Supreme Court and Judicial System

Members of the Supreme Court and other federal judges are appointed by the President of the United States (“with the advice and consent of the Senate and remain in office “so long as they behave impeccably” and their salary “shall not be reduced during their tenure”

These constitutional provisions are designed to ensure the independence of judges. The wording “as long as they behave impeccably” practically provides judges with life tenure. Members of the Supreme Court and other federal judges can only be removed from office by impeachment.

The United States Supreme Court is at the head of the federal judiciary. It consists of 9 members. As the court of first instance, the Supreme Court acts “in all cases concerning ambassadors, other officials and consuls, and also in those in which the state is a party.

” Basically, it exercises appellate jurisdiction. However, the Supreme Court of the United States has become most famous by performing the function of constitutional control, i.e. exercising judicial supervision over the compliance of laws and other regulatory legal acts with the fundamental law of the country.

These powers of the courts are not directly enshrined in the constitution. They took shape on the basis of judicial interpretation of the constitution. This judicial precedent appeared for the first time in 1803.

In a specific court case, the Supreme Court issued a decision in which it substantiated the following provisions: firstly, the constitution is a law subject to judicial interpretation, like any other law; secondly, the courts have the right to interpret the constitution in order to decide cases in accordance with it; thirdly, in case of conflict between the constitution and the law, the courts are obliged to apply the constitution as the “supreme law” of the country or those laws that correspond to it.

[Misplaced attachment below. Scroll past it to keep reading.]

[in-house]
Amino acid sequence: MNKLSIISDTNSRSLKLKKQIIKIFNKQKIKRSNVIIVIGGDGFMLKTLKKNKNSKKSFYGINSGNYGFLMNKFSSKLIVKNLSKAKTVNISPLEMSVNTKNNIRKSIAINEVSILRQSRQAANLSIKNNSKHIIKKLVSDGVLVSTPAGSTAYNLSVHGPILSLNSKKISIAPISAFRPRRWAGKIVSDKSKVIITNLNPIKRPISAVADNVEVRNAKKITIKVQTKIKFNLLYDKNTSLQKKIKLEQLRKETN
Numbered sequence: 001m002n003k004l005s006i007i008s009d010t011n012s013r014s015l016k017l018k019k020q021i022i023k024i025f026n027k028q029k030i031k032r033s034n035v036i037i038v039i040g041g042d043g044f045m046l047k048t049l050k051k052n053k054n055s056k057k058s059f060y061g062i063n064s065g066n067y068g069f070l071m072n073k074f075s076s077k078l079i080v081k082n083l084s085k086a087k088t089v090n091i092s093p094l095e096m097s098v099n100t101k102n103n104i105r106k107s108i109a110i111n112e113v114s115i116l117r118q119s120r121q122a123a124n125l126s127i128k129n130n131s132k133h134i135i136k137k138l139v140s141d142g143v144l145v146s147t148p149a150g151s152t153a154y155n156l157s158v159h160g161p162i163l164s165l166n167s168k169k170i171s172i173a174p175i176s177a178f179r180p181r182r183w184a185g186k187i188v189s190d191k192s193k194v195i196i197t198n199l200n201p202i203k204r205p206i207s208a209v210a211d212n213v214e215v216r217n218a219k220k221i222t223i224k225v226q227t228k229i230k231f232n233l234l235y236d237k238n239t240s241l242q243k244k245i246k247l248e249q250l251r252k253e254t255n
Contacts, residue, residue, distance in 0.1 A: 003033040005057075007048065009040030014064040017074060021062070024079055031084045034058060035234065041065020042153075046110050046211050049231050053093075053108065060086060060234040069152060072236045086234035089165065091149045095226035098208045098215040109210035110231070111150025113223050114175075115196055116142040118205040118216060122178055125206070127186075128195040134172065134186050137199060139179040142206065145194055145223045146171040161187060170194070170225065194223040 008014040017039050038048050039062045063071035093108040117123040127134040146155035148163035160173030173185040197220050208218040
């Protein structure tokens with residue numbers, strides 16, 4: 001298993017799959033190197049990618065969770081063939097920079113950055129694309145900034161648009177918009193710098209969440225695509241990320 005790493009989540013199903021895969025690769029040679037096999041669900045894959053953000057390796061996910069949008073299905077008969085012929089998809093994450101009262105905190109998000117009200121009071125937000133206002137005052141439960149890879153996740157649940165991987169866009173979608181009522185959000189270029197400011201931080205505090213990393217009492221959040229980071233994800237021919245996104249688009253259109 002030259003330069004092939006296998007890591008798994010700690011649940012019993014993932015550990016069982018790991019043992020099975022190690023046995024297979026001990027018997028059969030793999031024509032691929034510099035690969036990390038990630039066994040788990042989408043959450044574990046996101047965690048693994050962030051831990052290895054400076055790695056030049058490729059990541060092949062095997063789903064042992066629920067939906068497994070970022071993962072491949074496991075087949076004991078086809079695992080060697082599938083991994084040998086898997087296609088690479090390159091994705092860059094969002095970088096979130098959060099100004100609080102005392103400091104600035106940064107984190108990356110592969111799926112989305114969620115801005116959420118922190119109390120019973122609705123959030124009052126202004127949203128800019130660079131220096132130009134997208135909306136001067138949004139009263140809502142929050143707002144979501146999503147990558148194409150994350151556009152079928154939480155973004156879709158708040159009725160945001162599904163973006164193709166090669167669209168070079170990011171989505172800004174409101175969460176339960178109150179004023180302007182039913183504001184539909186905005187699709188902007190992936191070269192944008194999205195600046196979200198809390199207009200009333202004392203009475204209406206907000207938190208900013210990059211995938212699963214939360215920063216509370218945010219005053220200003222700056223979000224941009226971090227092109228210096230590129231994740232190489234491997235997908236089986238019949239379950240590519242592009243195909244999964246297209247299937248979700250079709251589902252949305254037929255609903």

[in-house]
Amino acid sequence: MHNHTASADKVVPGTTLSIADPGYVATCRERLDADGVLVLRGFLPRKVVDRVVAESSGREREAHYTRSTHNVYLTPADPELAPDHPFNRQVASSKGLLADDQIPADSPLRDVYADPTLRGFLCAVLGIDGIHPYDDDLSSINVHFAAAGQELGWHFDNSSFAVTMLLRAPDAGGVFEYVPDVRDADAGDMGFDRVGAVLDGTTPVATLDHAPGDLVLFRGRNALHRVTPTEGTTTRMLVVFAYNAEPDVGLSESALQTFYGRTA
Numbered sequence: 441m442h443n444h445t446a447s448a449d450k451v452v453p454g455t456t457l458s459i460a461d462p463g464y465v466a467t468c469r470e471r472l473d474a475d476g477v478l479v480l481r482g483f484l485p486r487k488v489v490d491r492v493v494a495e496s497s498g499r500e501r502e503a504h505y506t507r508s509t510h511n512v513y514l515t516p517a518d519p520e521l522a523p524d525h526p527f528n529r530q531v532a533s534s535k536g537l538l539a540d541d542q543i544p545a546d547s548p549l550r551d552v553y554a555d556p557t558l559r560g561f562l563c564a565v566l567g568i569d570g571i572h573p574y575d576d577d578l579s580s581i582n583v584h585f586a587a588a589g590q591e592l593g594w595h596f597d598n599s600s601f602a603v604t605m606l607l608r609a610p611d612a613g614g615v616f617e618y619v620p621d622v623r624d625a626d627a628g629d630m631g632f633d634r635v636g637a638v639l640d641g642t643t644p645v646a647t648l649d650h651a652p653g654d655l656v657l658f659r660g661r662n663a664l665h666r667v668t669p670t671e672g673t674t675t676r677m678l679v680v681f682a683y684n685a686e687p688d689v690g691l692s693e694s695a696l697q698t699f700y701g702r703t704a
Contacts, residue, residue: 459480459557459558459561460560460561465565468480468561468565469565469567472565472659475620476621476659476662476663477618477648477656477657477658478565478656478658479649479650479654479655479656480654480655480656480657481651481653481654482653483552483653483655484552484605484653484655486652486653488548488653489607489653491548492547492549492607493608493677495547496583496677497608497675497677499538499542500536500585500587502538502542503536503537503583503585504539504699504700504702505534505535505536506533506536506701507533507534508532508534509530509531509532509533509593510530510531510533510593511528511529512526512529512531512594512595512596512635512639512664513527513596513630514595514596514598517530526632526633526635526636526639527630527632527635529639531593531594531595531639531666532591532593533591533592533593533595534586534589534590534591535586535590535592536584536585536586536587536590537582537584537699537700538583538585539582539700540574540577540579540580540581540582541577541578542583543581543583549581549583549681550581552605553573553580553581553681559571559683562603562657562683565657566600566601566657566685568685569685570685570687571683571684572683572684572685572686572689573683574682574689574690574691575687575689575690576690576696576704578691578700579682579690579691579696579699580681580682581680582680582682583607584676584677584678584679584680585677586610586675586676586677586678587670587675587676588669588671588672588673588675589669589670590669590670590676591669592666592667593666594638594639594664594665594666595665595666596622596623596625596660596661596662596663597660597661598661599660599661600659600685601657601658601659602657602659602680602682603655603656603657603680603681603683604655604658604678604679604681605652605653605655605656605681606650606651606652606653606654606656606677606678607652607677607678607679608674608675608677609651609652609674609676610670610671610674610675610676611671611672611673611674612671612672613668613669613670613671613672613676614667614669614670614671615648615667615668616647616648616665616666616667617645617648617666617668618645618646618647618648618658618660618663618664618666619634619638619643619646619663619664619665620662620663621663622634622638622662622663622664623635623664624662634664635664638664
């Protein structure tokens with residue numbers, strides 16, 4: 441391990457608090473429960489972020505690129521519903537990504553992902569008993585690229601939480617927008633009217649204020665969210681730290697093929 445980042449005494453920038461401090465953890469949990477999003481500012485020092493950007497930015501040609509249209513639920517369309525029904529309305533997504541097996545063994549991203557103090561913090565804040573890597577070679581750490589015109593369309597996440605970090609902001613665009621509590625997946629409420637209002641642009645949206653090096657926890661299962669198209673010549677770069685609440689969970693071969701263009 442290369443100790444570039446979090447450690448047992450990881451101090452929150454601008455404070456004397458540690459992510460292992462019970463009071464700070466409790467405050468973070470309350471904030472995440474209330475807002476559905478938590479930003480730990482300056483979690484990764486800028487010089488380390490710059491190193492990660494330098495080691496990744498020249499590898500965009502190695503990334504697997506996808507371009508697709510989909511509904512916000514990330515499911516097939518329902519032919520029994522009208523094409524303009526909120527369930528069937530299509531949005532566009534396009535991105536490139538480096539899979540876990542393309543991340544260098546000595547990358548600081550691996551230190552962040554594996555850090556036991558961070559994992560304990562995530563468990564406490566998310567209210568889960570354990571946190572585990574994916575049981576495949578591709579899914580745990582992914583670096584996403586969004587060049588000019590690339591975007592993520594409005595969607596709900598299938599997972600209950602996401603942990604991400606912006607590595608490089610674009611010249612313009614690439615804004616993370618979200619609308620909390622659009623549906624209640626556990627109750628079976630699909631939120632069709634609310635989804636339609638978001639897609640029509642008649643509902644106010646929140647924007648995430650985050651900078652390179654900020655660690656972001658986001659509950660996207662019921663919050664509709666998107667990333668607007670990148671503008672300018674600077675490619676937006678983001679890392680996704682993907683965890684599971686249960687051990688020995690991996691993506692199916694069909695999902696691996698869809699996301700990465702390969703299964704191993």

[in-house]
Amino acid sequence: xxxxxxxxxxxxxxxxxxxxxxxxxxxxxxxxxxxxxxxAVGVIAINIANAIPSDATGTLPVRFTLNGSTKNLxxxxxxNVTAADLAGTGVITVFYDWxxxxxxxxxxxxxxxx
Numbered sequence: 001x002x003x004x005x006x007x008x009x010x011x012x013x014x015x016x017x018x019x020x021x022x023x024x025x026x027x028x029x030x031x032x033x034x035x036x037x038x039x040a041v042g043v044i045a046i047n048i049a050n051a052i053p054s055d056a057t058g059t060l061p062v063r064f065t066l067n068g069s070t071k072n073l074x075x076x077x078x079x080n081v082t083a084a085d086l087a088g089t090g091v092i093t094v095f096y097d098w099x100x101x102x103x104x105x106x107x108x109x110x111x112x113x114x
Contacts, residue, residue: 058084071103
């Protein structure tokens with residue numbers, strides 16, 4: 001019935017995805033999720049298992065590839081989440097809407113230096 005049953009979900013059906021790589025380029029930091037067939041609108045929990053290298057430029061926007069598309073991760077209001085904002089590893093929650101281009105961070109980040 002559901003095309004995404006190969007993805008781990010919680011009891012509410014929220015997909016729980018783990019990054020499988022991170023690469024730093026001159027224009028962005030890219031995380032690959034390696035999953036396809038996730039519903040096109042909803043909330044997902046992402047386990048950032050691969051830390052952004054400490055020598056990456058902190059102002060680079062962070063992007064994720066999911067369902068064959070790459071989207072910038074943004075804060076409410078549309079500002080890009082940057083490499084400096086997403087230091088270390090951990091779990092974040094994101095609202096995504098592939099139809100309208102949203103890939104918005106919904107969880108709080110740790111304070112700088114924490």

This judicial precedent became the legal basis for the establishment of constitutional control in the United States.

The content of constitutional review in the United States includes the following powers of the courts: authoritative interpretation of the constitution, review of the constitutionality of the laws of Congress and state legislatures, executive regulations, and the establishment of rules of law in the form of judicial precedents.

Interpreting and supplementing at its own discretion the legal constitution of 1787, the Supreme Court creates new legal regulations in the actual basic law of the country. The winged words of former Chief Justice Ch. Hughes: “The Constitution is what the judges say about it,” is fully confirmed by the age-old practice of the US Supreme Court.

Features of constitutional control

The peculiarities of constitutional control are: firstly, the question of the unconstitutionality of a law or other act arises when these acts have already been published and entered into force. Secondly, the Supreme Court considers the issue of the constitutionality of an act not in general, not in independent proceedings, but only in connection with the hearing of a court case, thus deciding “the fate of the law on the basis of the case.”

Thirdly, if the act is declared unconstitutional, then it loses its legal force. Over 190 years, the US Supreme Court has found more than 122 provisions of federal laws unconstitutional (in whole or in part). Constitutional control in the United States is generated by the principle of “rule of law” and serves to implement the system of “checks and balances” in the state mechanism of the country.

The US Supreme Court is at the head of the entire judicial system of the country. The Judiciary Act of 1789 established a three-tiered federal court system: the Supreme Court, the Courts of Appeal, and the District Courts.

District courts (94) – hear cases of general jurisdiction on the basis of federal laws in the first instance. There are also special courts in the district: tax, customs, claims (on claims against the government).

Courts of Appeal (12) deal with appeals against decisions of district courts, as well as decisions of tax and claims courts. There is a special court of appeal for customs matters. A separate system is formed by military courts.

Along with the federal court system, each state has its own courts. They function in parallel, as follows from the system of American federalism.

The judicial systems in the states are very diverse. “No two states have the same judiciary, each state is unique in this regard.” The only common thing is that in each state the head of the judicial system is the Supreme Court of the state.

The simplest judicial system has developed in the state of West Virginia: police courts, district courts and the state Supreme Court. All judges are elected by the people on party lists.

The ways of forming courts in the states are varied: they are elected by the population or the legislature of the states; are appointed by governors independently or with the consent of the senates or special commissions, municipal authorities, mayors, chairmen of higher courts.